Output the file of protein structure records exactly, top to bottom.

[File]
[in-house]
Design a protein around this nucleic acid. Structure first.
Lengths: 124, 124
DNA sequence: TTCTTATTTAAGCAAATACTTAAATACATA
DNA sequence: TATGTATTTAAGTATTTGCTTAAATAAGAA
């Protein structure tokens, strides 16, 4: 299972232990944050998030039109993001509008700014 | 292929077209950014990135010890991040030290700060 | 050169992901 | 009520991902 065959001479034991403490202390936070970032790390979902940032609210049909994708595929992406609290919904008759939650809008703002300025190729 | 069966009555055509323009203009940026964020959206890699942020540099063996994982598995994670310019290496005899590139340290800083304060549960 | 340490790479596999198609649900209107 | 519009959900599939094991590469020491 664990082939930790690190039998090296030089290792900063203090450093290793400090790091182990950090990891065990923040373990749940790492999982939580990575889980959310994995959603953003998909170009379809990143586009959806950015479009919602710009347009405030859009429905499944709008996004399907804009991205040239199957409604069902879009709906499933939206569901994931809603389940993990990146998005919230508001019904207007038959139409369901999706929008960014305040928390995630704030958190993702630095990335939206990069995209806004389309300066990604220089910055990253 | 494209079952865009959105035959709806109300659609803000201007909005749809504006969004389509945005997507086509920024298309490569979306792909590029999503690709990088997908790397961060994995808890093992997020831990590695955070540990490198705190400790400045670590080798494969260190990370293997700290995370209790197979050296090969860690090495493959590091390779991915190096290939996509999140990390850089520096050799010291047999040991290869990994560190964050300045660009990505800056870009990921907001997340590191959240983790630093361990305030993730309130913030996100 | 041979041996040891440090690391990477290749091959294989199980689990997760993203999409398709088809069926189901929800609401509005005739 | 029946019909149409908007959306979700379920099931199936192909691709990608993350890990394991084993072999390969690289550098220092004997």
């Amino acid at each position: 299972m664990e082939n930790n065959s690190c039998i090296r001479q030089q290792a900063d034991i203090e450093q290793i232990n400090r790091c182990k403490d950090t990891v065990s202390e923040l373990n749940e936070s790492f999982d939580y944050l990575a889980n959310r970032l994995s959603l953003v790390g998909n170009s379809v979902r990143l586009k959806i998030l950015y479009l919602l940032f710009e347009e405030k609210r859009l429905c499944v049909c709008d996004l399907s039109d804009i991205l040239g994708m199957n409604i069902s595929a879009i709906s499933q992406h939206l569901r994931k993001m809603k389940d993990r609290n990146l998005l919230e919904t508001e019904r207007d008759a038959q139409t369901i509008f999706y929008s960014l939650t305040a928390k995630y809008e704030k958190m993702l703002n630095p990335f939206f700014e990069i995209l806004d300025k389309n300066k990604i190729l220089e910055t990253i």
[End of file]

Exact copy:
[in-house]
Design a protein around this nucleic acid. Structure first.
Lengths: 124, 124
DNA sequence: TTCTTATTTAAGCAAATACTTAAATACATA
DNA sequence: TATGTATTTAAGTATTTGCTTAAATAAGAA
């Protein structure tokens, strides 16, 4: 299972232990944050998030039109993001509008700014 | 292929077209950014990135010890991040030290700060 | 050169992901 | 009520991902 065959001479034991403490202390936070970032790390979902940032609210049909994708595929992406609290919904008759939650809008703002300025190729 | 069966009555055509323009203009940026964020959206890699942020540099063996994982598995994670310019290496005899590139340290800083304060549960 | 340490790479596999198609649900209107 | 519009959900599939094991590469020491 664990082939930790690190039998090296030089290792900063203090450093290793400090790091182990950090990891065990923040373990749940790492999982939580990575889980959310994995959603953003998909170009379809990143586009959806950015479009919602710009347009405030859009429905499944709008996004399907804009991205040239199957409604069902879009709906499933939206569901994931809603389940993990990146998005919230508001019904207007038959139409369901999706929008960014305040928390995630704030958190993702630095990335939206990069995209806004389309300066990604220089910055990253 | 494209079952865009959105035959709806109300659609803000201007909005749809504006969004389509945005997507086509920024298309490569979306792909590029999503690709990088997908790397961060994995808890093992997020831990590695955070540990490198705190400790400045670590080798494969260190990370293997700290995370209790197979050296090969860690090495493959590091390779991915190096290939996509999140990390850089520096050799010291047999040991290869990994560190964050300045660009990505800056870009990921907001997340590191959240983790630093361990305030993730309130913030996100 | 041979041996040891440090690391990477290749091959294989199980689990997760993203999409398709088809069926189901929800609401509005005739 | 029946019909149409908007959306979700379920099931199936192909691709990608993350890990394991084993072999390969690289550098220092004997």
């Amino acid at each position: 299972m664990e082939n930790n065959s690190c039998i090296r001479q030089q290792a900063d034991i203090e450093q290793i232990n400090r790091c182990k403490d950090t990891v065990s202390e923040l373990n749940e936070s790492f999982d939580y944050l990575a889980n959310r970032l994995s959603l953003v790390g998909n170009s379809v979902r990143l586009k959806i998030l950015y479009l919602l940032f710009e347009e405030k609210r859009l429905c499944v049909c709008d996004l399907s039109d804009i991205l040239g994708m199957n409604i069902s595929a879009i709906s499933q992406h939206l569901r994931k993001m809603k389940d993990r609290n990146l998005l919230e919904t508001e019904r207007d008759a038959q139409t369901i509008f999706y929008s960014l939650t305040a928390k995630y809008e704030k958190m993702l703002n630095p990335f939206f700014e990069i995209l806004d300025k389309n300066k990604i190729l220089e910055t990253i």